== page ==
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Valentine’s Day is a wonderful time of year, when tokens of love are shared by romantic partners and friends alike. Unfortunately, in all the excitement, we can often forget how toxic human treats can be for our furry friends, and distractedly leave them within the reach of our pet’s inquisitive noses!

Dr Jessica May, lead vet at digital vet service FirstVet, sheds light on the romantic foods, flowers and trinkets that are dangerous for our pets. 

Scented candles and essential oils 

Why they are dangerous

Scented candles often contain chemicals and essential oils that can be harmful for dogs and cats. If your pet eats a large amount of candle wax, it may cause digestive problems.  Additionally, most animals will experience skin irritation if they come into contact with essential oils, and if these oils get into their eyes, they can become very distressed. 

If you have candles that are lit, it is a good idea to ensure that your animals are not in the same room as a naked flame, to avoid any minor burns.

What to do

If your cat or dog has not eaten much of the candle, they may get away without any major symptoms. Keep a close eye on them over the next couple of days and monitor for any signs of distress. In the event that your pet experiences more severe symptoms, such as vomiting or diarrhoea, then take them to a vet as soon as possible. 

Alcohol

Why is it dangerousValentine's Day dangers for cats and dogs

Alcohol is one of the more obvious dangers for pets. A glass of wine is a common tipple on Valentine’s Day but alcoholic drinks can pose serious health risks for our pets. Alcohol consumption can cause confusion and vomiting in cats and dogs, as well as other symptoms that can typically be found in humans. Dogs may also pant excessively and have a high temperature after consuming alcohol.

What to do

Alcohol poisoning can be fatal, so it is vital to keep alcoholic drinks out of reach of your pets. It is also worth making sure that your guests know not to keep their drinks on the floor, where thirsty cats and dogs can get to them. If there is a spillage, it should be cleaned up immediately. If your pet has only had a sip of alcohol, a vet may suggest that you wait to see if any symptoms become apparent before seeking treatment. If you suspect that they have had more than a sip of alcohol, take them to a vet as soon as possible.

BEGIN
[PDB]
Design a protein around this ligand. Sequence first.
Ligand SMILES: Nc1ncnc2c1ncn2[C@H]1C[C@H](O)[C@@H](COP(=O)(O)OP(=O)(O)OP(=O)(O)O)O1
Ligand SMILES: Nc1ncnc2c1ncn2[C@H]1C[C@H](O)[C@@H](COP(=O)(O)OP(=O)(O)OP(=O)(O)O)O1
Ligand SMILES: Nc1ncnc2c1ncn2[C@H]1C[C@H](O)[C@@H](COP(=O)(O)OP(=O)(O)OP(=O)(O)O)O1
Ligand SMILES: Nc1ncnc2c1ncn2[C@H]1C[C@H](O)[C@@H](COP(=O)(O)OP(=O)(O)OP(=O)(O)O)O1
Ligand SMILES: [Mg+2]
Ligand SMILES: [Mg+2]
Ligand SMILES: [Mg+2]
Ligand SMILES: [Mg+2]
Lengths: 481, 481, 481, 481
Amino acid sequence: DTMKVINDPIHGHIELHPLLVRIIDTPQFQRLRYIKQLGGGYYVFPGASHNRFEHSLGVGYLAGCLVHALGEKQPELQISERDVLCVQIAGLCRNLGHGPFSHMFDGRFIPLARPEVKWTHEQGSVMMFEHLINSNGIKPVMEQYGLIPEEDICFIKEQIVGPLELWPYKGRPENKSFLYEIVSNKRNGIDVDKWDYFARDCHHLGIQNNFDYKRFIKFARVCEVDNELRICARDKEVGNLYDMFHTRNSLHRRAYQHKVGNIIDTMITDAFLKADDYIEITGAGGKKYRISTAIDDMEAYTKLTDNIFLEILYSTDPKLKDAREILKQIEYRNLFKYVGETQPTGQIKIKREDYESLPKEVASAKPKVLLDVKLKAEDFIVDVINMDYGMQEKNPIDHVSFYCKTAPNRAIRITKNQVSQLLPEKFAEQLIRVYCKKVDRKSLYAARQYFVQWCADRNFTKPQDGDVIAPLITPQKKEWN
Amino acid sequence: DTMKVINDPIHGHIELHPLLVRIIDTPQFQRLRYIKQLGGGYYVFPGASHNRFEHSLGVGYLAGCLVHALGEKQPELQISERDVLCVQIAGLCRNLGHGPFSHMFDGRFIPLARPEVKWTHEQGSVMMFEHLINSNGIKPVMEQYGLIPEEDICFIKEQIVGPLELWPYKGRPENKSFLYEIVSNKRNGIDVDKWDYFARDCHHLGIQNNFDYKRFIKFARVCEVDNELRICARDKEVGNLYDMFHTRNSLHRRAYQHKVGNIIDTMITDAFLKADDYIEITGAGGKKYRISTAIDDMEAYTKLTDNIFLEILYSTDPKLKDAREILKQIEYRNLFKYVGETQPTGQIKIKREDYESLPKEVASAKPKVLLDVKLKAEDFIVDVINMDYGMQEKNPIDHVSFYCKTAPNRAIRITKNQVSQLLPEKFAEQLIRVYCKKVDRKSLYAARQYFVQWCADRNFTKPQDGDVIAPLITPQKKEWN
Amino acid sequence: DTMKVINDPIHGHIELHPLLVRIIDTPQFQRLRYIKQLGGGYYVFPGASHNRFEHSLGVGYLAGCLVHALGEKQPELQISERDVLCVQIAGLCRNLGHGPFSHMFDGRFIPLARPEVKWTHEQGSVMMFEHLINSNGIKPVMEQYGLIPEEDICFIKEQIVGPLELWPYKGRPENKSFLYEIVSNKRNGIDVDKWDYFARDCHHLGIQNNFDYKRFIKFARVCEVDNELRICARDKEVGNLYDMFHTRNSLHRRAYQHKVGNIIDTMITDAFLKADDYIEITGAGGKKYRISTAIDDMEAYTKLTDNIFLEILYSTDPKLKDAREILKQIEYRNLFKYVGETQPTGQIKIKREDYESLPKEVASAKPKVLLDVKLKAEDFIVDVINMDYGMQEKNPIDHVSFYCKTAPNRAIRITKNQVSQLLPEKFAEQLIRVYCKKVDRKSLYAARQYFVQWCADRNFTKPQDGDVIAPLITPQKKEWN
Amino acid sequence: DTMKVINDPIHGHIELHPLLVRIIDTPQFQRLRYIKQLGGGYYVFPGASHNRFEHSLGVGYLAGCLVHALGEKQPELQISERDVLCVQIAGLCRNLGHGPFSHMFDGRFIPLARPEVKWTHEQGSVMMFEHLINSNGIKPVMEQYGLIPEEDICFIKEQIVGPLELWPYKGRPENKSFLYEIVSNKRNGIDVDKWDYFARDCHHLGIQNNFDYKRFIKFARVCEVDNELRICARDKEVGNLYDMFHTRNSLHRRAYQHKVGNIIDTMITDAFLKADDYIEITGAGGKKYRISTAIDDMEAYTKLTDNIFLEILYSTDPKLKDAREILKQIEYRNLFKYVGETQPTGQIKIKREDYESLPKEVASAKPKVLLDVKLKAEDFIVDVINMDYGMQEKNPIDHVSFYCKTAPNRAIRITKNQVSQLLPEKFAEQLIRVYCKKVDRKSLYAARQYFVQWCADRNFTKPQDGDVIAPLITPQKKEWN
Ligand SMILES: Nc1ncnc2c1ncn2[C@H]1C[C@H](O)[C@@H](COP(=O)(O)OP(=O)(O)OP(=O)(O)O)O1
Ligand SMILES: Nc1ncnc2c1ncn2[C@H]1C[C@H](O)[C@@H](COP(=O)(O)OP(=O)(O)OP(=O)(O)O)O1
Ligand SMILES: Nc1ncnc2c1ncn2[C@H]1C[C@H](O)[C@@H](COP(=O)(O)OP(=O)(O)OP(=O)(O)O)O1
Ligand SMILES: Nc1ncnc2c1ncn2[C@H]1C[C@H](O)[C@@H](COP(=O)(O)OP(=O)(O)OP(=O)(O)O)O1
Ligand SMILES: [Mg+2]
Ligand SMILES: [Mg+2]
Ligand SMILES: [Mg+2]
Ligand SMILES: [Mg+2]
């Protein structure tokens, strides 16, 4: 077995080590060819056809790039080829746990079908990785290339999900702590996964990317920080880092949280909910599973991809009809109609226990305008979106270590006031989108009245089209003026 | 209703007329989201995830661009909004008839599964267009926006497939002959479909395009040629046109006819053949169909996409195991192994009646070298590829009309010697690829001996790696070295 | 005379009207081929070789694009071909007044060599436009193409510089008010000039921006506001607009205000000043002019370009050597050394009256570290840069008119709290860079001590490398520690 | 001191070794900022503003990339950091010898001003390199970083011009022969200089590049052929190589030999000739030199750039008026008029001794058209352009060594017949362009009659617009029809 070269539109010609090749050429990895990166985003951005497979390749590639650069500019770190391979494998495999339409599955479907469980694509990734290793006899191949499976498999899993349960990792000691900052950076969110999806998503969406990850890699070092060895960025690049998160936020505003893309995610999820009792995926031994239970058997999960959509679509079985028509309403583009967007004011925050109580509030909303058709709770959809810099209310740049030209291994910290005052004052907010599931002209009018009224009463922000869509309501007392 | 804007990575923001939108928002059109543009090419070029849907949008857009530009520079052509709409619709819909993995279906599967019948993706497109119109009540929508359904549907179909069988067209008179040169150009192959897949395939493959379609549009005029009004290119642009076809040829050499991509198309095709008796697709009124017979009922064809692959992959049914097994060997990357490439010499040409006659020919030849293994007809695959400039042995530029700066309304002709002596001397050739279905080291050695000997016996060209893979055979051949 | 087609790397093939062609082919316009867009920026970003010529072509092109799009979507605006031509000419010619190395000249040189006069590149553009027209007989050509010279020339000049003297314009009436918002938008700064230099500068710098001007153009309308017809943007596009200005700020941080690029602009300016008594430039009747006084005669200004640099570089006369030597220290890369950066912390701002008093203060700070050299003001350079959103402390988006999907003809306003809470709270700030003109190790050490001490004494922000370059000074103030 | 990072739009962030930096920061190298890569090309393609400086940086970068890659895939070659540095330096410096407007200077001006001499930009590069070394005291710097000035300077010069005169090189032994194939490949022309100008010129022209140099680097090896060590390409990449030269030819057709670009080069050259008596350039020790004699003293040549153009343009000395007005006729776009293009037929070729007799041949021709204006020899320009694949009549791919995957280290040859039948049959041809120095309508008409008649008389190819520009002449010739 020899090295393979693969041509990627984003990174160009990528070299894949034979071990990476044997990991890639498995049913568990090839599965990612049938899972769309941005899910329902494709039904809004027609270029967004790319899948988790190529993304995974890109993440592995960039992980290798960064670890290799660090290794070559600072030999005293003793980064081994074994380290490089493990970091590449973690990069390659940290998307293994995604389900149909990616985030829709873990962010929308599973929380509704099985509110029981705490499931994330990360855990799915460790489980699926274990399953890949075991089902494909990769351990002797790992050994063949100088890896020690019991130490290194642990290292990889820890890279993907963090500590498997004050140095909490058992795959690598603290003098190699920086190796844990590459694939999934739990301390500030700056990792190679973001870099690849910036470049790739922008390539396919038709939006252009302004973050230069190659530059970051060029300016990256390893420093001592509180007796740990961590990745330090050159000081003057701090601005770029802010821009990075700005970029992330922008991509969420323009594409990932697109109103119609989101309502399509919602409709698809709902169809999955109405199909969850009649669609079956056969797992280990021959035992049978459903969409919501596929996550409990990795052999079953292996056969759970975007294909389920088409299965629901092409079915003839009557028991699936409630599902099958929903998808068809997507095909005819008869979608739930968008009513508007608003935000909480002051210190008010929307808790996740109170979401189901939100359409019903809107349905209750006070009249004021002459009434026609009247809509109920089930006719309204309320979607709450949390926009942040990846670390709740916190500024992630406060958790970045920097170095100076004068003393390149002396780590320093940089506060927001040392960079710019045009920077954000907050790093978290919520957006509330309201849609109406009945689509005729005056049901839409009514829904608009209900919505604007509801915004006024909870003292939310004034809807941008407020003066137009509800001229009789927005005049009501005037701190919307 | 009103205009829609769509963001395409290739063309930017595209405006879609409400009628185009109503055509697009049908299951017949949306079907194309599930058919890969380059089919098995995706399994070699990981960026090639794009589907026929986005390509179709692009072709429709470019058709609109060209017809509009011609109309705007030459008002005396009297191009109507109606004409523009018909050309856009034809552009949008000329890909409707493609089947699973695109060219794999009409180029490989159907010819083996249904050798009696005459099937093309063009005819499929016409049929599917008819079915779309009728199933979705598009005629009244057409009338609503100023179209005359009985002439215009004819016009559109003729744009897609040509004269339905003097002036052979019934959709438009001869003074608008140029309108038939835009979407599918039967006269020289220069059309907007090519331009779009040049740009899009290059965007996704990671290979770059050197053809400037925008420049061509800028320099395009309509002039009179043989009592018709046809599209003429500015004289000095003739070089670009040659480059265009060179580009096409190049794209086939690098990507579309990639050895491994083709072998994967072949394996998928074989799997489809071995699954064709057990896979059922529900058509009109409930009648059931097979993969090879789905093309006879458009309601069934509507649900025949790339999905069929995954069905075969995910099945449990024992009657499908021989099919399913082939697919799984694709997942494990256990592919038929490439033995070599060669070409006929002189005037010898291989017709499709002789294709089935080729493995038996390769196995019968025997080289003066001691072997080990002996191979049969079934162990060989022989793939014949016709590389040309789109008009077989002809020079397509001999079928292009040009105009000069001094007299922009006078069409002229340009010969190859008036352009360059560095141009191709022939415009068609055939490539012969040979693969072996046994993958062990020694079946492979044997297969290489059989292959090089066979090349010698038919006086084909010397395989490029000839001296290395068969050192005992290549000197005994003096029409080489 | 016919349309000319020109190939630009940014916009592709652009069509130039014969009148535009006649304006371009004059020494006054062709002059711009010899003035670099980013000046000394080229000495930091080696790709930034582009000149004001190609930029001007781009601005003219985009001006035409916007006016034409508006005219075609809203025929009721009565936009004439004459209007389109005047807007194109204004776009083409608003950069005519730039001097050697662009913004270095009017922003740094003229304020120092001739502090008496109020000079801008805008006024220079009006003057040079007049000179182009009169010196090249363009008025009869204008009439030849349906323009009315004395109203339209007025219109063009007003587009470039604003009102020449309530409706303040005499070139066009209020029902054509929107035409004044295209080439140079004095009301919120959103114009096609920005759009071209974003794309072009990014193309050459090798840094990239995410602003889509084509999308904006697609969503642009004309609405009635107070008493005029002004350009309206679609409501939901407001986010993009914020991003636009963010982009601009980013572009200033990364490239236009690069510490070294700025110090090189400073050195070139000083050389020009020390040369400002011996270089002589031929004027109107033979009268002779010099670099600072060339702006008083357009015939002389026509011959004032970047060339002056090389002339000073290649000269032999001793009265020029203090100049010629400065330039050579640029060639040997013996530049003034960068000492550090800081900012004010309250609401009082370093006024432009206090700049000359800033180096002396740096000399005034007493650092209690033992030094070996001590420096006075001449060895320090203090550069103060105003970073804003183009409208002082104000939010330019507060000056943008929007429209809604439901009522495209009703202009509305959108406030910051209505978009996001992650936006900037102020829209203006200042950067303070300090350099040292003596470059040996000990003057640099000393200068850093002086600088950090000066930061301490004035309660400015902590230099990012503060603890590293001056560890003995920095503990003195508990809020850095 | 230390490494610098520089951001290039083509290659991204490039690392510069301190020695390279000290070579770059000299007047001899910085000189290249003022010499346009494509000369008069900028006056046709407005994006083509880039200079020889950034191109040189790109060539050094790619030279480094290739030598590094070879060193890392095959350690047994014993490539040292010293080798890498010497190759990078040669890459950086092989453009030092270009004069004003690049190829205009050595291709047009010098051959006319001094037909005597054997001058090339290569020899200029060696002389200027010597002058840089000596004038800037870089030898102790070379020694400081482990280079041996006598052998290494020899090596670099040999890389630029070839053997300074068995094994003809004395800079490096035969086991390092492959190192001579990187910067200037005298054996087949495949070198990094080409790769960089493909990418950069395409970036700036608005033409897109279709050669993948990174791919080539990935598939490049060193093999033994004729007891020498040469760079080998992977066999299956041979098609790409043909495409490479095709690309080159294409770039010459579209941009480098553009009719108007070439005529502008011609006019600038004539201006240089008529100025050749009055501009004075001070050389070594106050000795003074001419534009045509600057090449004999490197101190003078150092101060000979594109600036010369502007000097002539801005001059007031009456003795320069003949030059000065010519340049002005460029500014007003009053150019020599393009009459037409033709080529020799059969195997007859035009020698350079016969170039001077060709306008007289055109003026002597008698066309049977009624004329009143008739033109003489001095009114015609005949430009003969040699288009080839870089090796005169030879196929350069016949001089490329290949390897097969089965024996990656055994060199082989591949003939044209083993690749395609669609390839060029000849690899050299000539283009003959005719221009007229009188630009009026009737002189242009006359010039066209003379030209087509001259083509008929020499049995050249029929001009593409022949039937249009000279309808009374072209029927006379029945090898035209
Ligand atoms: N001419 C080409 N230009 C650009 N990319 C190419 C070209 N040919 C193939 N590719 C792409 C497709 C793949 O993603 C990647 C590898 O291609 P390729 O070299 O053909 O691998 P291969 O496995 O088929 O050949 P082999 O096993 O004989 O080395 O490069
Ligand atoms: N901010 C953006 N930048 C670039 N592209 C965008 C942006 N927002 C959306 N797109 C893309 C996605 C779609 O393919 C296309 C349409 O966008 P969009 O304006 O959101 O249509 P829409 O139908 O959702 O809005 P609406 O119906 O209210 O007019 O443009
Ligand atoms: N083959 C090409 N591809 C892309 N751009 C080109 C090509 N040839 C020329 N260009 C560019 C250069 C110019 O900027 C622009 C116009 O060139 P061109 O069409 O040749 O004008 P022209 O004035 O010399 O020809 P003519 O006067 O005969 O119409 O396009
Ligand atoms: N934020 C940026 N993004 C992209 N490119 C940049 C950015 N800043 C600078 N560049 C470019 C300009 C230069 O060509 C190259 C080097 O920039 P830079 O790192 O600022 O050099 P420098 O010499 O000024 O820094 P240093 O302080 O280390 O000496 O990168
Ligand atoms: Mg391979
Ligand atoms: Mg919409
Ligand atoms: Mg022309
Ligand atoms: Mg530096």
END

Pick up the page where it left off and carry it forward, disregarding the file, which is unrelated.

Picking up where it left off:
Chocolate

Why it is dangerous

Chocolate is toxic to a range of animals, including cats, dogs, rabbits and birds. The level of danger that chocolate presents to your pet depends on the amount of cocoa that it contains. Dark chocolate is most harmful to pets due to its high levels of cocoa, while white chocolate is less toxic but it is still bad for animals.

All animals have similar symptoms during chocolate poisoning, so make sure to look out for any wobbliness, changes in heart rate, breathlessness, vomiting or diarrhoea. In more extreme cases, chocolate poisoning may cause involuntary urination. 

What to do

It is always best to be on the safe side, so if your pet consumes any chocolate, you should contact a vet as soon as possible. It is also worth trying to save any remnants of the chocolate’s wrapper, in order to help a vet understand what your dog has eaten.

Flowers and plants

Why they are dangerous

Flowers are unavoidable at this time of year, but some romantics’ favourites can be toxic to cats and dogs. Lilies should be kept well away from any cats, as they have the potential to cause damage to their kidneys. Dogs are less adversely affected by lilies but they can still cause stomach upsets. 

The symptoms your animal may suffer if they eat a toxic plant depend on the type of plant they have eaten. Vomiting and stomach aches are common symptoms but it is always best to check with a vet if you are unsure about your animals' health.

What to do

Make sure to check if the flowers you are buying are safe for your animal - a simple Google search will do. Fortunately, roses are a Valentine’s classic and safe to keep around cats and dogs! 
 

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